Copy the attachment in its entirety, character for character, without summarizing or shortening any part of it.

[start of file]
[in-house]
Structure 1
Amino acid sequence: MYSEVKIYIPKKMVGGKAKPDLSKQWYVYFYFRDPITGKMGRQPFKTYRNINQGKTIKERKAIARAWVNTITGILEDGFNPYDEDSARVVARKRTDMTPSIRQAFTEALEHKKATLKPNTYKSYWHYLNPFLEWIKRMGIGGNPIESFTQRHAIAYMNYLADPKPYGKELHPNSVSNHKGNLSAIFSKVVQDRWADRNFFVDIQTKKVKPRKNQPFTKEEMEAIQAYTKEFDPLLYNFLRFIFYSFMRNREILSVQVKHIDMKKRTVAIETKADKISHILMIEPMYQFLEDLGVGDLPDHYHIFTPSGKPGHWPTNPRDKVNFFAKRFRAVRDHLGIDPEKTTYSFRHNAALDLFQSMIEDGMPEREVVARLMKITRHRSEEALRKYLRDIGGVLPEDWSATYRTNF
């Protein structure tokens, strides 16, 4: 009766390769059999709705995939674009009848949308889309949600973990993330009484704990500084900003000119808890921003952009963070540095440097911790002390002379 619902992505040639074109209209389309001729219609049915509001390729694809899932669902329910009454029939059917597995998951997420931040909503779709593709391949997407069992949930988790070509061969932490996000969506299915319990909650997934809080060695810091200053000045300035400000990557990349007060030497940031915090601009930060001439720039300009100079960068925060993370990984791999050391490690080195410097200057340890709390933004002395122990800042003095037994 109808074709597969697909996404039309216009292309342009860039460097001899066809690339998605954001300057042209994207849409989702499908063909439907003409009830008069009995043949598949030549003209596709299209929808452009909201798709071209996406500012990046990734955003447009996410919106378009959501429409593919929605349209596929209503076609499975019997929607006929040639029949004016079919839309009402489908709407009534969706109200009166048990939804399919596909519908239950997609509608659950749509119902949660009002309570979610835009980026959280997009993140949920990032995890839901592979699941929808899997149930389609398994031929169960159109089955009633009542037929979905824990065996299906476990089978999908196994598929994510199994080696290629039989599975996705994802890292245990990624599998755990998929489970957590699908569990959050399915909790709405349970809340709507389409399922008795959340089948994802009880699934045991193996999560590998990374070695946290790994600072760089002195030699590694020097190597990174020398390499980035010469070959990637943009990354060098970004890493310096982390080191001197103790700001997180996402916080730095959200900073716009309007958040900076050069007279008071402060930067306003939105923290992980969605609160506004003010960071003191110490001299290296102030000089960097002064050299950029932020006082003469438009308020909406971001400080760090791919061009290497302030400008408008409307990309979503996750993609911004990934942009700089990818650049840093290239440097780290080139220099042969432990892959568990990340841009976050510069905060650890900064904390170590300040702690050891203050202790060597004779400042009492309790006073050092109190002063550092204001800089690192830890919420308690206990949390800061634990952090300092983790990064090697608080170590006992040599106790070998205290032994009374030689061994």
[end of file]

[in-house]
Structure 1
Amino acid sequence: MYSEVKIYIPKKMVGGKAKPDLSKQWYVYFYFRDPITGKMGRQPFKTYRNINQGKTIKERKAIARAWVNTITGILEDGFNPYDEDSARVVARKRTDMTPSIRQAFTEALEHKKATLKPNTYKSYWHYLNPFLEWIKRMGIGGNPIESFTQRHAIAYMNYLADPKPYGKELHPNSVSNHKGNLSAIFSKVVQDRWADRNFFVDIQTKKVKPRKNQPFTKEEMEAIQAYTKEFDPLLYNFLRFIFYSFMRNREILSVQVKHIDMKKRTVAIETKADKISHILMIEPMYQFLEDLGVGDLPDHYHIFTPSGKPGHWPTNPRDKVNFFAKRFRAVRDHLGIDPEKTTYSFRHNAALDLFQSMIEDGMPEREVVARLMKITRHRSEEALRKYLRDIGGVLPEDWSATYRTNF
């Protein structure tokens, strides 16, 4: 009766390769059999709705995939674009009848949308889309949600973990993330009484704990500084900003000119808890921003952009963070540095440097911790002390002379 619902992505040639074109209209389309001729219609049915509001390729694809899932669902329910009454029939059917597995998951997420931040909503779709593709391949997407069992949930988790070509061969932490996000969506299915319990909650997934809080060695810091200053000045300035400000990557990349007060030497940031915090601009930060001439720039300009100079960068925060993370990984791999050391490690080195410097200057340890709390933004002395122990800042003095037994 109808074709597969697909996404039309216009292309342009860039460097001899066809690339998605954001300057042209994207849409989702499908063909439907003409009830008069009995043949598949030549003209596709299209929808452009909201798709071209996406500012990046990734955003447009996410919106378009959501429409593919929605349209596929209503076609499975019997929607006929040639029949004016079919839309009402489908709407009534969706109200009166048990939804399919596909519908239950997609509608659950749509119902949660009002309570979610835009980026959280997009993140949920990032995890839901592979699941929808899997149930389609398994031929169960159109089955009633009542037929979905824990065996299906476990089978999908196994598929994510199994080696290629039989599975996705994802890292245990990624599998755990998929489970957590699908569990959050399915909790709405349970809340709507389409399922008795959340089948994802009880699934045991193996999560590998990374070695946290790994600072760089002195030699590694020097190597990174020398390499980035010469070959990637943009990354060098970004890493310096982390080191001197103790700001997180996402916080730095959200900073716009309007958040900076050069007279008071402060930067306003939105923290992980969605609160506004003010960071003191110490001299290296102030000089960097002064050299950029932020006082003469438009308020909406971001400080760090791919061009290497302030400008408008409307990309979503996750993609911004990934942009700089990818650049840093290239440097780290080139220099042969432990892959568990990340841009976050510069905060650890900064904390170590300040702690050891203050202790060597004779400042009492309790006073050092109190002063550092204001800089690192830890919420308690206990949390800061634990952090300092983790990064090697608080170590006992040599106790070998205290032994009374030689061994």